The design was optimized using state-of-the-art numerical-simulation programs. These were based on a detailed model of all of the magnetic elements for particle tracking and the vacuum pipe apertures, with a longitudinal resolution of 0.1 m along the 27-km-long rings. They also involved routines for proton-halo generation and transport, as well as aperture checks and proton–matter interactions. These simulations require high statistics to achieve accurate estimates of collimation cleaning. A typical simulation run involves tracking some 20–60 million primary halo protons for 200 LHC turns – equivalent to monitoring a single proton travelling a distance of 0.03 light-years. Several runs are needed to study the system in different conditions. Additional complex energy- deposition and thermo-mechanical finite-element computations are then used to establish heat loads in magnets, radiation doses and collimator structural behaviour for various loss scenarios. Such a highly demanding simulation process was possible only as a result of computing power developed over recent years.
The backbone of the collimation system is located at two warm insertion regions (IRs): the momentum cleaning at IR3 and betatron cleaning at IR7, which comprise 9 and 19 movable collimators per beam, respectively. Robust primary and secondary collimators made of a carbon-fibre composite define the momentum and betatron cuts for the beam halo. In 2012, in IR7 they were at ±4.3–6.3σ (with σ being the nominal standard deviation of the beam profile in the transverse plane) from the circulating 140 MJ beams, which passed through collimator apertures as small as 2.1 mm at a rate of around 11,000 times per second.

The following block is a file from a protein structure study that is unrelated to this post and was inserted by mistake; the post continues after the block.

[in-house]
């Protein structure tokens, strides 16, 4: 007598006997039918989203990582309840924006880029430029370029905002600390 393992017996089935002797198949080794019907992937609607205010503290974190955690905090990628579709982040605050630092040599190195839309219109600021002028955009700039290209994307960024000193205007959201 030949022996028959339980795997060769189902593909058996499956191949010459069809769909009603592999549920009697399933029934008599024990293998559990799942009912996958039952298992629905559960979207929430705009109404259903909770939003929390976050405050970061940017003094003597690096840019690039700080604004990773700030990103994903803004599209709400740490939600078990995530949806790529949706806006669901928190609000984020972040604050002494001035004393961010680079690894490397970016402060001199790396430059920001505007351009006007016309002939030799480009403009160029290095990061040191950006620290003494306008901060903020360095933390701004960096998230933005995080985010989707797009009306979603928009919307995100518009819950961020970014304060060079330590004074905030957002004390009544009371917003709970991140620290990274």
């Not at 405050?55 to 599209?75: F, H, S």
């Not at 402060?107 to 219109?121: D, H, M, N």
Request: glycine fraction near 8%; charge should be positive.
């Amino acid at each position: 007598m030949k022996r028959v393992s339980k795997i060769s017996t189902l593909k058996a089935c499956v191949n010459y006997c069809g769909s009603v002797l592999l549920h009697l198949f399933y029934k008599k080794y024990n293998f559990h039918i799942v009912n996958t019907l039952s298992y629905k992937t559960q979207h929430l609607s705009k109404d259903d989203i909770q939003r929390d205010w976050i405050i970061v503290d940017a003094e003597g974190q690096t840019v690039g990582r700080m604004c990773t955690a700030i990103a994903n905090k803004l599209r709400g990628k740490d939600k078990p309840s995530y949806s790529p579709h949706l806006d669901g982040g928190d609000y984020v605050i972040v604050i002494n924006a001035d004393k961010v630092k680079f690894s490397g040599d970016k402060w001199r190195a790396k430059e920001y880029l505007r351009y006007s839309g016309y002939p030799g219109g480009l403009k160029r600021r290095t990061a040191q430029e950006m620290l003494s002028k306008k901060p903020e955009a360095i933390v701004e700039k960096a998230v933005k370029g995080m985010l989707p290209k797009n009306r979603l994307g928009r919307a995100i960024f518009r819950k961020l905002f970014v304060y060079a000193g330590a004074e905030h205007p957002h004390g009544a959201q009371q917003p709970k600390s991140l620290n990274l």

Additional tungsten absorbers protect the superconducting magnets downstream of the warm insertions. While these are more efficient in catching hadronic and electromagnetic showers, they are also more fragile against beam losses, so they are retracted further from the beam orbit. Further local protection is provided for the experiments in IR1, IR2, IR5 and IR8: tungsten collimators shield the inner triplet magnets that otherwise would be exposed to beam losses because they are the magnets with the tightest aperture restrictions in the LHC in collision conditions. Injection and dump protection elements are installed in IR2, IR8 and IR6. The collimation system must provide continuous cleaning and protection during all stages of beam operation: injection, ramp, squeeze and physics.
An LHC collimator consists of two jaws that define a slit for the beam, effectively constraining the beam halo from both sides (figure 2). These jaws are enclosed in a vacuum tank that can be rotated in the transverse plane to intercept the halo, whether it is horizontal, vertical or skew. Precise sensors monitor the jaw positions and collimator gaps. Temperature sensors are also mounted on the jaws. All of these critical parameters are connected to the beam-interlock system and trigger a beam dump if potentially dangerous conditions are detected.